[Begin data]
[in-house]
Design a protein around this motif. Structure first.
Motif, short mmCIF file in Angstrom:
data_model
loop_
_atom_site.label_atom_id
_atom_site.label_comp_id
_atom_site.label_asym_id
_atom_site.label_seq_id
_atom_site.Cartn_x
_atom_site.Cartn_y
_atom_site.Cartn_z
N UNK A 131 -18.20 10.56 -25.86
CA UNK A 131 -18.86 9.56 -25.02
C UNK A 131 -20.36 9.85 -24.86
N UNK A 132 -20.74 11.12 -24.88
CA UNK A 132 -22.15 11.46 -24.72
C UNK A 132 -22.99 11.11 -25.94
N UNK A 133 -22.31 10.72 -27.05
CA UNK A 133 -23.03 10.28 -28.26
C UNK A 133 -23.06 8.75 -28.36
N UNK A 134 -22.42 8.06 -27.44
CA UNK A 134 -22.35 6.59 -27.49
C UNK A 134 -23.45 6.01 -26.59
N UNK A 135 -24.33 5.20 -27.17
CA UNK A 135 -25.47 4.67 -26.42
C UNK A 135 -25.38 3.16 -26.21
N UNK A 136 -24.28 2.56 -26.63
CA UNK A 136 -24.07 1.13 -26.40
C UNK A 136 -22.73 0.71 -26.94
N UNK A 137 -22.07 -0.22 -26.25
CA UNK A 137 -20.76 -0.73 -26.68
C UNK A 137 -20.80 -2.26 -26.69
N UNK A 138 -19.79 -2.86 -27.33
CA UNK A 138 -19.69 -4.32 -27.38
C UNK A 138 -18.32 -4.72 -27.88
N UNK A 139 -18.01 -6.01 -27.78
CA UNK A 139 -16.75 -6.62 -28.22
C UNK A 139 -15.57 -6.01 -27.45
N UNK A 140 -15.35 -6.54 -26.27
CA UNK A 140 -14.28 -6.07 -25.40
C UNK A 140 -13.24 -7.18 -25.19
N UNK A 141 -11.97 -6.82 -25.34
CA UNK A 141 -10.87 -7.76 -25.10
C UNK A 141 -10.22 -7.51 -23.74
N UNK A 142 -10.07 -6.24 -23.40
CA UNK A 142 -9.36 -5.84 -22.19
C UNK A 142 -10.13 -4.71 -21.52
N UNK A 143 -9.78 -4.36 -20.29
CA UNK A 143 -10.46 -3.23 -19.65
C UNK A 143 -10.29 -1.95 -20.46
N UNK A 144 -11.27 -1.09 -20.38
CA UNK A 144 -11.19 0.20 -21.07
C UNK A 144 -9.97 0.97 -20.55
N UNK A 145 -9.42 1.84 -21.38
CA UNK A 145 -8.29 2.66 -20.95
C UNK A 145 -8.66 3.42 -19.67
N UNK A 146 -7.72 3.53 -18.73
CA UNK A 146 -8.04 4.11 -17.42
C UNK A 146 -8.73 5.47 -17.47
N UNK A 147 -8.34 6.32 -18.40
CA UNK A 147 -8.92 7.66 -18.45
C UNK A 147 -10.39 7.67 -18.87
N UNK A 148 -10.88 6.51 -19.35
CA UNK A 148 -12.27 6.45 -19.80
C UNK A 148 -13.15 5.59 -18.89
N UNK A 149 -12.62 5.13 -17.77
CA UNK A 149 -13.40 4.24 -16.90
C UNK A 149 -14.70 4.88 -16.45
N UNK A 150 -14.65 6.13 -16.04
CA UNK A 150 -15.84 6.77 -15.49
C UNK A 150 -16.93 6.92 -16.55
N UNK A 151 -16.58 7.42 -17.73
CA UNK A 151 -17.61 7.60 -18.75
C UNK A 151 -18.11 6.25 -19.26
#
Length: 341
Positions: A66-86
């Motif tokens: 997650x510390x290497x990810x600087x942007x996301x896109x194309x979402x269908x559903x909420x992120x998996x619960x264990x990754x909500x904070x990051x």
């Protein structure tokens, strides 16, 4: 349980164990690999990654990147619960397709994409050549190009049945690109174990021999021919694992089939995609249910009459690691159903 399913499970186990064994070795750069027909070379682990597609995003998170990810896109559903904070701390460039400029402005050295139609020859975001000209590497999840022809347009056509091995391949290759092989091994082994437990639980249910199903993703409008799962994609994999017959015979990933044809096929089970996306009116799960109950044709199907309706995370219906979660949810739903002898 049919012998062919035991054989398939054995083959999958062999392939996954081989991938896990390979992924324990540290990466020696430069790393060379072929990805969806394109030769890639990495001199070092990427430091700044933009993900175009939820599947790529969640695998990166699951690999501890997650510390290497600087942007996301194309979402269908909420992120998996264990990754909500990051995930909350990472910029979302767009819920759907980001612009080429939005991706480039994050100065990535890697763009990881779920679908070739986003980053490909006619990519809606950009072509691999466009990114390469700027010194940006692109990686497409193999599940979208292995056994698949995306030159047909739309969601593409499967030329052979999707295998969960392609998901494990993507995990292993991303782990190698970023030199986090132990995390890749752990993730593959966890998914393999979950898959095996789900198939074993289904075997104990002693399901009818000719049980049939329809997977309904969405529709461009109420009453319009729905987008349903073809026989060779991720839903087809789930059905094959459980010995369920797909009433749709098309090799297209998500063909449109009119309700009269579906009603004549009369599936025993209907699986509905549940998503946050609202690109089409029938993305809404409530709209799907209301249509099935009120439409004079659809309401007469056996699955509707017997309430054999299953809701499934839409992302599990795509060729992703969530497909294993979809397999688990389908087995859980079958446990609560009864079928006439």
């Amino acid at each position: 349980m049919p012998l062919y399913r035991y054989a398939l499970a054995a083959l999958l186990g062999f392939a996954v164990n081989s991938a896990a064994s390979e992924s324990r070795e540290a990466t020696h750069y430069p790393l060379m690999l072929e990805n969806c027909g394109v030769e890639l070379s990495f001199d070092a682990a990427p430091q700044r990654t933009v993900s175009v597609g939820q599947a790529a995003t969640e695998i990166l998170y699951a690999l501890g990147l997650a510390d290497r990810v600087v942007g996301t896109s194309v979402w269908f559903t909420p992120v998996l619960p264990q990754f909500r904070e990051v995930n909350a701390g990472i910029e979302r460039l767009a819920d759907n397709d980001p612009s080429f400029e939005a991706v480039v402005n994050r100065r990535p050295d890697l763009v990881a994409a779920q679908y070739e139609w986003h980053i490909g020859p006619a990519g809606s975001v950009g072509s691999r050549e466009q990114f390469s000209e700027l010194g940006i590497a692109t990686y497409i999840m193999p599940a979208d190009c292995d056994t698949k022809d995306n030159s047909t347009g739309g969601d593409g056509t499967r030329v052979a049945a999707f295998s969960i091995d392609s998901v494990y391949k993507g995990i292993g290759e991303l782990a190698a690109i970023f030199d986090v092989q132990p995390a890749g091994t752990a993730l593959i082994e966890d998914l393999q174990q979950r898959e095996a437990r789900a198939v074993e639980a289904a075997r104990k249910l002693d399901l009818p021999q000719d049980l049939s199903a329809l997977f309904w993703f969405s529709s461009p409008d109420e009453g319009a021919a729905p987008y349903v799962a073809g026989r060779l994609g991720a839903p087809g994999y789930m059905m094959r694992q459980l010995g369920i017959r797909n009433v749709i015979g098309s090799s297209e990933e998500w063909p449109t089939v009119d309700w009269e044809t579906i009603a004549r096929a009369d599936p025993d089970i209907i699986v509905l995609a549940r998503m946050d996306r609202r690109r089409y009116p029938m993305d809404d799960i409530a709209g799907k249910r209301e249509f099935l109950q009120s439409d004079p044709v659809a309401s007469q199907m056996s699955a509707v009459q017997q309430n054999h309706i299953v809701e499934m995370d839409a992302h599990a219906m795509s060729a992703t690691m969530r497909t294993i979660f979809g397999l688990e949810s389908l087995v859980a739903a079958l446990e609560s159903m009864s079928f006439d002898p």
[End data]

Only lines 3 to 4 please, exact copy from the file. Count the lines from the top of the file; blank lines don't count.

Motif, short mmCIF file in Angstrom:
data_model